World on a Plate: Finland

Last week, Lucy’s mom Jodi came in to help us prepare a delicious Finnish lunch. Here’s a note from Jodi, telling us a little more about her beautiful country and its food:

The diet [in Finland] is defined by both climate and geography – it’s what you would expect of an extremely northern country with little growing season and many lakes.

(The northern parts sit above the Arctic Circle)  

So we eat lots of root vegetables, smoked fish and reindeer! Cold climates aren’t conducive to tree fruits, which need a long growing season and don’t deal well with periods of thaw and re-frost. But berries such as strawberries, blueberries and lingonberries as well as other foragibles like mushrooms grow in abundance. As do hardy whole grains, like barley.

At Elements, we made riisipiirakka (rice pie)  – a very traditional Finnish dish. The filling is a riisipuuro (rice pudding) in a rye crust. It’s traditionally served with a hard-boiled egg/butter mix, and then we had carrots as our root vegetable.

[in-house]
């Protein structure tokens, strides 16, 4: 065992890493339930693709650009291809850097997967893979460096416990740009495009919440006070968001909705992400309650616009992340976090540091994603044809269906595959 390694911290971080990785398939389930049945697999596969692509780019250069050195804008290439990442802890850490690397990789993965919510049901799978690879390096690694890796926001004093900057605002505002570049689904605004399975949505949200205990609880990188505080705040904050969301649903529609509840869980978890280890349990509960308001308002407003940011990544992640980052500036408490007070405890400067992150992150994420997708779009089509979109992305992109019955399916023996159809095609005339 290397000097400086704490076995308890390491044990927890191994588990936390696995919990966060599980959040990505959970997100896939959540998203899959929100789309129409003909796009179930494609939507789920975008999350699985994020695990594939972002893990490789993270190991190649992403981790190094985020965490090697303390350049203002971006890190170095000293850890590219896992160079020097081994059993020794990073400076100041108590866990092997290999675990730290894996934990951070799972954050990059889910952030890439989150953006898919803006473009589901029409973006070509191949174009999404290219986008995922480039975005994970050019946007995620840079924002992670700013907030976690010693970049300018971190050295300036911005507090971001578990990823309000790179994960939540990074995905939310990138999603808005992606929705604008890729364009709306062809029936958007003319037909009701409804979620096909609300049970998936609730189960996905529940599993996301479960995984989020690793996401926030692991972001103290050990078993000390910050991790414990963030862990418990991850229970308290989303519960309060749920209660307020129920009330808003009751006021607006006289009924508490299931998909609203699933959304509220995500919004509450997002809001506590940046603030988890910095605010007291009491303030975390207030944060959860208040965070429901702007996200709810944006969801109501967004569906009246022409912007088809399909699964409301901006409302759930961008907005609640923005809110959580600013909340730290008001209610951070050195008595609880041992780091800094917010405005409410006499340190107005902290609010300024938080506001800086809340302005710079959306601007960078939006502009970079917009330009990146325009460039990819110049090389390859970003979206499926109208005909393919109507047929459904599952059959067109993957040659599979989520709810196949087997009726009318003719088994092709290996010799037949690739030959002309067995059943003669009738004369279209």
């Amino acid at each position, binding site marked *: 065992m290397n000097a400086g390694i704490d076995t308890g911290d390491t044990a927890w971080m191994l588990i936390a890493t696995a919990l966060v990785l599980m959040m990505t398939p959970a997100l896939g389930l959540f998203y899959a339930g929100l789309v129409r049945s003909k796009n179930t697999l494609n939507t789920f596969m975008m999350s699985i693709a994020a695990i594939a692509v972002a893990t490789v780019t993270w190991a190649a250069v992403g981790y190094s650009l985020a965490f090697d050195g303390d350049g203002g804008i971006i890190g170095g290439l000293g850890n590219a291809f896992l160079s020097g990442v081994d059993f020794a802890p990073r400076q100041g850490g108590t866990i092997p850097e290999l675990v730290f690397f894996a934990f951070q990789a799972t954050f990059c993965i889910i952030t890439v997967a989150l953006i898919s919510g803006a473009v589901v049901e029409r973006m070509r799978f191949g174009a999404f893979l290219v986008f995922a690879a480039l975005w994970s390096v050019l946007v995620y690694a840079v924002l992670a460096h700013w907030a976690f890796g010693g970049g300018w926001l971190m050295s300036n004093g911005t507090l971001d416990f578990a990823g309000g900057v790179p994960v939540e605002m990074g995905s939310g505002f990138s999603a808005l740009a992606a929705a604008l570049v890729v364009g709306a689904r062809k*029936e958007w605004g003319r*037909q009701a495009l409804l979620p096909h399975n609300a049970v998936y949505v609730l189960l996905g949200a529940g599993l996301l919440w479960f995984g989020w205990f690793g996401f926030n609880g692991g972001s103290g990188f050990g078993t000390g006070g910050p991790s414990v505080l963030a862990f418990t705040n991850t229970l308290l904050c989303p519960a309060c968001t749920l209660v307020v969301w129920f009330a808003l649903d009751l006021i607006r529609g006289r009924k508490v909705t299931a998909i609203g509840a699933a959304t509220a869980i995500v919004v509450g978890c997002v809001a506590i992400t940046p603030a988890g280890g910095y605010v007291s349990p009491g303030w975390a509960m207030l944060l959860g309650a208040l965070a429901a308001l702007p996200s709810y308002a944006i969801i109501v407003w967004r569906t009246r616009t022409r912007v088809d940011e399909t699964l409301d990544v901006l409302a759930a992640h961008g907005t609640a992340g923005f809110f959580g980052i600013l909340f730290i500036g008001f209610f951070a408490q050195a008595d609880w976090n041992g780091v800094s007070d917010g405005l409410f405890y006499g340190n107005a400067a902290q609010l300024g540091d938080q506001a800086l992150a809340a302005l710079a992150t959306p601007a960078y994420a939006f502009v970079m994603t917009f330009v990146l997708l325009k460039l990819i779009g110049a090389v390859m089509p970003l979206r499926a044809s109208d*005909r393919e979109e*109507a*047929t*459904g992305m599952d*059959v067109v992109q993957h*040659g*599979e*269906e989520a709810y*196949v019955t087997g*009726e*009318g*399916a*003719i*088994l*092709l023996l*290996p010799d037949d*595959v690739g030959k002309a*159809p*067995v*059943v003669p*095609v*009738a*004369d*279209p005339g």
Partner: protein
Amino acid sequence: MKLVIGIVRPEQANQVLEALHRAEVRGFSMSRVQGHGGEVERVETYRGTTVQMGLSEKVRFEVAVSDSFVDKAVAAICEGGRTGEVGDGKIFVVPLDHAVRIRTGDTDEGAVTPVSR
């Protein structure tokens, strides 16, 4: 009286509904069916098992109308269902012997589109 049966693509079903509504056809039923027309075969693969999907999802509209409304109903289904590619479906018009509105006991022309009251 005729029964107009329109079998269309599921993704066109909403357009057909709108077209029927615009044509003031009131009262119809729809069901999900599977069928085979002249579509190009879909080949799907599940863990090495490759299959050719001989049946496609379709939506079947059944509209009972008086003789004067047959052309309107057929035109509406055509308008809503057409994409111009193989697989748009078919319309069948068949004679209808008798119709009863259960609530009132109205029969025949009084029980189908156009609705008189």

Interesting side fact: Indian spices are also “native” to Finnish cooking. Due to our Viking heritage, spices have been coming to Scandinavia since the middle ages and incorporated in a lot of traditional recipes. Cardamom, for instance, is used in many baked goods and breads.

Thank you for spending time in the Elements kitchen, Jodi, and introducing the students to a whole new country through its food.

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